Also 2-6v batteries is best...AGM is even better but will cost more $.
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Old 06-10-2020, 03:11 PM   #10
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We have the same trailer and Fridge. It will stay running and keep a steady cold (-2F for freezer) for at least 5 hours when hooked to the inverter. We also only have one battery and since we always stay where there is shore power, that is all we have needed in over 12 months of travel on the road. Be aware that the fuse on the inverter tends to pop every time you hook up or disconnect shore power. I just push the button and make sure the voltage is showing right before shutting the bay and pulling out. I have never tried driving over 5 hours in the heat so not sure if the battery will go dead or not. I do have dual alternaters to generate added power though.
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Old 06-10-2020, 03:11 PM   #11
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Originally Posted by RMcNeal View Post
It does have a transfer switch. I have the inverter on right now and shore power hooked up. No problems so far. Until this trip, the battery disconnect inside the front compartment for the fridge was bad from the factory and had to be replaced, so using the inverter wasn't an option. Now it's working, so I guess when not wanting to run the fridge I could either turn off the inverter or the battery disconnect now. Just wondering if it's OK to leave on.
It makes sense it would be, otherwise if power went out, there's no backup for the fridge like we had with propane before.
We have the same RV, came with 2 12V batteries and found it just was not enough, even though there is enough juice for the Refer, in longer travel days there was barely enough for the jacks and slides. I upgraded to 4 6V batteries (total cost was $600) I also installed a automatic watering system for $80. So they are basically no maintenance batteries. Since AGM batteries have a shorter life and twice the cost this was the best solution short of spending $2k for lithium.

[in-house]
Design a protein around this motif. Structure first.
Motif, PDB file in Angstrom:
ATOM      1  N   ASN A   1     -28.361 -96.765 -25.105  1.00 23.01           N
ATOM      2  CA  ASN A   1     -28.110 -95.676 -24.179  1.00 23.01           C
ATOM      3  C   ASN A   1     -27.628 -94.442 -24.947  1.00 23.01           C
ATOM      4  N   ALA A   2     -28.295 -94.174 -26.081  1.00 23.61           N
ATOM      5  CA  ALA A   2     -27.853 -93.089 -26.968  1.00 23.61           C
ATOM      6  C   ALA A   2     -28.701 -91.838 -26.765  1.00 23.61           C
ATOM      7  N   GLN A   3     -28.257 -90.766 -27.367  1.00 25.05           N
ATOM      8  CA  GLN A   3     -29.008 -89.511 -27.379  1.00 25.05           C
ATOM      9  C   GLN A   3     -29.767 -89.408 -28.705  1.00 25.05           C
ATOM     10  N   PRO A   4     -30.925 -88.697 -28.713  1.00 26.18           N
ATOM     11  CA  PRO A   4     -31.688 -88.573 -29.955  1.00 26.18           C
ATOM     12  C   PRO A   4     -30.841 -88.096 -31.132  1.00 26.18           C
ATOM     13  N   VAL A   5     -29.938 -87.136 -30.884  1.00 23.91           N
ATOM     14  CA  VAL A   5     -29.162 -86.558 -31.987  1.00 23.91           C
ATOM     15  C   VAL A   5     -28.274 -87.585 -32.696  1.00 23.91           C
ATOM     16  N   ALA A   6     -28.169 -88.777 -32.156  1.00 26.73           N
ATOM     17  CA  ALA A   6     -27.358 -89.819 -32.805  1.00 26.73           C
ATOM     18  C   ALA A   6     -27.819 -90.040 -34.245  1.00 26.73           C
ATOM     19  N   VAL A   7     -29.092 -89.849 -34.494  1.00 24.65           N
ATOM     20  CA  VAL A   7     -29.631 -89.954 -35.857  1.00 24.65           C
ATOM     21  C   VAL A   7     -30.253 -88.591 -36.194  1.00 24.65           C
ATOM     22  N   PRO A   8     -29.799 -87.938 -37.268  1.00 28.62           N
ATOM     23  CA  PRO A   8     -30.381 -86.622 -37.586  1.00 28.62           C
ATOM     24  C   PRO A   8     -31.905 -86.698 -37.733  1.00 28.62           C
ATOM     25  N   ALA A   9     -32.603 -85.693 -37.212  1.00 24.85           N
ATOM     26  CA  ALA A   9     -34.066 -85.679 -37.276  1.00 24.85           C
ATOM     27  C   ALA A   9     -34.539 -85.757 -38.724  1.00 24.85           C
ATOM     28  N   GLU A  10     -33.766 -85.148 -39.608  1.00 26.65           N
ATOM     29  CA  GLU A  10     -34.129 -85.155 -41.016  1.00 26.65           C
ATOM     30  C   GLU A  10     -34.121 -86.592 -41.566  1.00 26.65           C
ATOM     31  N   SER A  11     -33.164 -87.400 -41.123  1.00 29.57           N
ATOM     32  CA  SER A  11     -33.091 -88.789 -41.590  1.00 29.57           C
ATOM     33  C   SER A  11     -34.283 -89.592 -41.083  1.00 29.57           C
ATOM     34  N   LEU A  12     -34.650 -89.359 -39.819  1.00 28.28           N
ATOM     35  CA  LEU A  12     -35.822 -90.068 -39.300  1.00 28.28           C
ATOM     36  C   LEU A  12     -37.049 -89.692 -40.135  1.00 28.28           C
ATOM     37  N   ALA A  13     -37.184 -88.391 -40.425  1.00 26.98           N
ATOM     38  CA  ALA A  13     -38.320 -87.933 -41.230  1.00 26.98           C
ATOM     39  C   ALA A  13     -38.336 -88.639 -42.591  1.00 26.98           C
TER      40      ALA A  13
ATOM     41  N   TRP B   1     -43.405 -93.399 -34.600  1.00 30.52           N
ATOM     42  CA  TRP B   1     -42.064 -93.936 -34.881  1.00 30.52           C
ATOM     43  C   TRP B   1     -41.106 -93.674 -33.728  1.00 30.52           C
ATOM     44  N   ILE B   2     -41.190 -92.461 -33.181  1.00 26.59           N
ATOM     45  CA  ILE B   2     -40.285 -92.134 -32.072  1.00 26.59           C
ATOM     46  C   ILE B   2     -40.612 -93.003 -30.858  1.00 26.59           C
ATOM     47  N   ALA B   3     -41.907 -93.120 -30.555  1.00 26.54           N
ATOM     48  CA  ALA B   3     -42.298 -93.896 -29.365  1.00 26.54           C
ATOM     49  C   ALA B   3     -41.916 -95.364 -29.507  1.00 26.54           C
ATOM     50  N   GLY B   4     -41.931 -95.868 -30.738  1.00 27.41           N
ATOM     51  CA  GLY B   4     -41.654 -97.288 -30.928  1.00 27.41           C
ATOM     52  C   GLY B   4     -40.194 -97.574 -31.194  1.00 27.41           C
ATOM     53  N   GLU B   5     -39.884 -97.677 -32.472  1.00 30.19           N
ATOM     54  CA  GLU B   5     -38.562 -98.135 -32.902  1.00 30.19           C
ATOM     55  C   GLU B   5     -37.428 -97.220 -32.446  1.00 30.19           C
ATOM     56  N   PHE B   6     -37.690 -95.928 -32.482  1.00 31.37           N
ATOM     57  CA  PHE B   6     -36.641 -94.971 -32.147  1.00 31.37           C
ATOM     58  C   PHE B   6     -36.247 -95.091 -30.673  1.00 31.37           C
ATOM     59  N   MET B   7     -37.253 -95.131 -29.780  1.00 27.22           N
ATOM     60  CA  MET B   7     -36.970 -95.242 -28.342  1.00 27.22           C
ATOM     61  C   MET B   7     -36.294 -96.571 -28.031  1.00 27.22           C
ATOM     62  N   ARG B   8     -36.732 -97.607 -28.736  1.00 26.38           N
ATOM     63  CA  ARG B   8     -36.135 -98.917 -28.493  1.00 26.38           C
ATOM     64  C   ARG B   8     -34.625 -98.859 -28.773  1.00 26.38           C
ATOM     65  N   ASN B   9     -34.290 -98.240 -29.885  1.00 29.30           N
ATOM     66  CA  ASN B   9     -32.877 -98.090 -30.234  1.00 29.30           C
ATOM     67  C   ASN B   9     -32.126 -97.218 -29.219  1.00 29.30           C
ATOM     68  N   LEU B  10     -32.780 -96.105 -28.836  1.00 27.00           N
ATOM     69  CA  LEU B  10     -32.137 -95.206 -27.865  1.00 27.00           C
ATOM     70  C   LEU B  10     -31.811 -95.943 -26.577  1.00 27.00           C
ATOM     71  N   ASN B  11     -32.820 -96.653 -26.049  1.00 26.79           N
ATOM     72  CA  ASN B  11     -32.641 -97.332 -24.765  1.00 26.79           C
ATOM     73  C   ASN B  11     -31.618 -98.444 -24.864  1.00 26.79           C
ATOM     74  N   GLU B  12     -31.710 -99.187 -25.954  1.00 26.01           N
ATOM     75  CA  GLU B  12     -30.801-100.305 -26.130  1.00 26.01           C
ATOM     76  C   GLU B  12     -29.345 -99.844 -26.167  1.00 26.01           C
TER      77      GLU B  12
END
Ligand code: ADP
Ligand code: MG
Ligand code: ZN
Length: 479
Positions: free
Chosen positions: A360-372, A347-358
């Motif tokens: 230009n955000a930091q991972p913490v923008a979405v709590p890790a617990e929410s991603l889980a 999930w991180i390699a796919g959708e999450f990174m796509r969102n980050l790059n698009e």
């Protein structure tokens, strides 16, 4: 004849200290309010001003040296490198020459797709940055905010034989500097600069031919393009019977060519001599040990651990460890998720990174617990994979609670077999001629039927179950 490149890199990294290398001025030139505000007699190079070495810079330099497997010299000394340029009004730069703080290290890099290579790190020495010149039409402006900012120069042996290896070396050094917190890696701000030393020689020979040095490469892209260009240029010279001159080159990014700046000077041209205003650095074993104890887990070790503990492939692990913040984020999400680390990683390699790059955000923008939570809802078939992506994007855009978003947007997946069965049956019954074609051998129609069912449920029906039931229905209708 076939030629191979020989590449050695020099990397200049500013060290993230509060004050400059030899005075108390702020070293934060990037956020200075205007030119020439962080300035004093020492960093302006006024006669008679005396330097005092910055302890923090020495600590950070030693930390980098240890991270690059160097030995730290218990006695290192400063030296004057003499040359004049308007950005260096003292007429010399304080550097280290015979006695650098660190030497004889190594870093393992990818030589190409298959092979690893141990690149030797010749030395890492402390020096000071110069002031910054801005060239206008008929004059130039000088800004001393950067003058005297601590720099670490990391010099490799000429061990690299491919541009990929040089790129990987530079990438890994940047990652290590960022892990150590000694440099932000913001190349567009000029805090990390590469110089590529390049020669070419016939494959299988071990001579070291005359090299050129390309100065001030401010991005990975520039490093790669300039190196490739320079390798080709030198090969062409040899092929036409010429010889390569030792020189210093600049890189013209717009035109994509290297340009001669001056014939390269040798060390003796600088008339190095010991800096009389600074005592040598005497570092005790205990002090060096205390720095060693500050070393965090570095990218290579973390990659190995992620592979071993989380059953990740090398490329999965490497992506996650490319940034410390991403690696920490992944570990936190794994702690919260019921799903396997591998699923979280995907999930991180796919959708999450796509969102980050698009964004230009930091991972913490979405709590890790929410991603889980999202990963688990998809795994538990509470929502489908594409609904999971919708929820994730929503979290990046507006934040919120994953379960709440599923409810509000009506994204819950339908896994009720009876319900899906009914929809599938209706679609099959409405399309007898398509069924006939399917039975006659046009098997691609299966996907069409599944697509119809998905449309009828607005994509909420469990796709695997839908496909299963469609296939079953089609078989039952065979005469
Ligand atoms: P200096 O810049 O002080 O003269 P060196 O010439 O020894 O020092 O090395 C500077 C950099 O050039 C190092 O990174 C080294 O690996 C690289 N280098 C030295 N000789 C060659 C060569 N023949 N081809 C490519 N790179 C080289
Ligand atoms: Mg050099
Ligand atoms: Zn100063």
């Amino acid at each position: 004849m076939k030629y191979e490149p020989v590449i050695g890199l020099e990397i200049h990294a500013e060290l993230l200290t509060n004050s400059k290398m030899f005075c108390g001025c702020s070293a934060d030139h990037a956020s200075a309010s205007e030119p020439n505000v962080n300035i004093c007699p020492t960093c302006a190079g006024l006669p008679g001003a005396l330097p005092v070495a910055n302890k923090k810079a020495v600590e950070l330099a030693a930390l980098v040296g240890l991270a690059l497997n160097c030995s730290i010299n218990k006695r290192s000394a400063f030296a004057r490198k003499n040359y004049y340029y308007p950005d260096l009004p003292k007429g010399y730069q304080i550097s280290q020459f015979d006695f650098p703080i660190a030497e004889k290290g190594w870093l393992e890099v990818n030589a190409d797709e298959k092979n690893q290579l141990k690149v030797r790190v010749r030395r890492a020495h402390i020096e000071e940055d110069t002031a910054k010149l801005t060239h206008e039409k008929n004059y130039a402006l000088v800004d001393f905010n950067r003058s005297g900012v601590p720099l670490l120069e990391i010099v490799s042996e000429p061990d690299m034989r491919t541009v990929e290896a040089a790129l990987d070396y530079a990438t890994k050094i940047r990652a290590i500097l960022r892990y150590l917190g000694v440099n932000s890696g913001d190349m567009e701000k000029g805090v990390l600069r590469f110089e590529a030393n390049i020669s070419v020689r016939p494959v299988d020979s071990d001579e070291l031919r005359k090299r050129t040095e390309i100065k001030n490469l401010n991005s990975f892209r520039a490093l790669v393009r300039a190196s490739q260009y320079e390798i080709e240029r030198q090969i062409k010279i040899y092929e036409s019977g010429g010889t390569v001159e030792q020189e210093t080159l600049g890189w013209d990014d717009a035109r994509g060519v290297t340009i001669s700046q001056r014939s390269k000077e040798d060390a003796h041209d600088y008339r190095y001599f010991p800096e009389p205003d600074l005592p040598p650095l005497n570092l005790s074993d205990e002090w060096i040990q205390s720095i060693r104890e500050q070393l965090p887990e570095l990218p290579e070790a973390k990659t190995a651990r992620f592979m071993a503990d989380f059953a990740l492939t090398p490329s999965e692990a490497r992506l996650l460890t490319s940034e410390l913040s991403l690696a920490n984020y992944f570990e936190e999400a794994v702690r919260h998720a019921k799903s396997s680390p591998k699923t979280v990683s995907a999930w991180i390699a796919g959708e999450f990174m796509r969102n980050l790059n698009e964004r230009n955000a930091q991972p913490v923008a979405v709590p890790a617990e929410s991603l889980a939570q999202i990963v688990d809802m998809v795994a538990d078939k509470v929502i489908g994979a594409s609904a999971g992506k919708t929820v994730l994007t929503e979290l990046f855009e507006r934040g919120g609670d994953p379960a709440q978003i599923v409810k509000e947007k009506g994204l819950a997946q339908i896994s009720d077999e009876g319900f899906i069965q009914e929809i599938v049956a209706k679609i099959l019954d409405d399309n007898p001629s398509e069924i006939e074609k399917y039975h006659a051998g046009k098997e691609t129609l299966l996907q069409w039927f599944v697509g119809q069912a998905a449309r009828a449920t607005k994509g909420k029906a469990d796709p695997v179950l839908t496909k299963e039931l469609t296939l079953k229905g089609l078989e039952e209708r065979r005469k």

Also note I added a switch to my negative cable to the battery that way I can shut the batteries down 100% otherwise there is always a small battery drain when unplugged.

Here is what I did in my 3791RD

I installed my 4 Trojans removing the two 12v. As you can see the battery box barely fits but is doable. Even if you only buy two 12V you should still buy the 4 battery box so you can easily upgrade. You can just build a filler to take up the extra space. This is also enough for an over night boondock if needed...

As mentioned above I purchased 4 Trojan T105 Plus 225 AH $125 Ea no tax and no core required ($500 total )https://www.onlinebatterysale.com/store/

the Battery Box was purchased from All Battery Sales and Service $80 https://allbatterysalesandservice.co...atteries-gcq-g

I bought the 2" vent for the lid from Amazon $5
https://www.amazon.com/gp/product/B0...0?ie=UTF8&th=1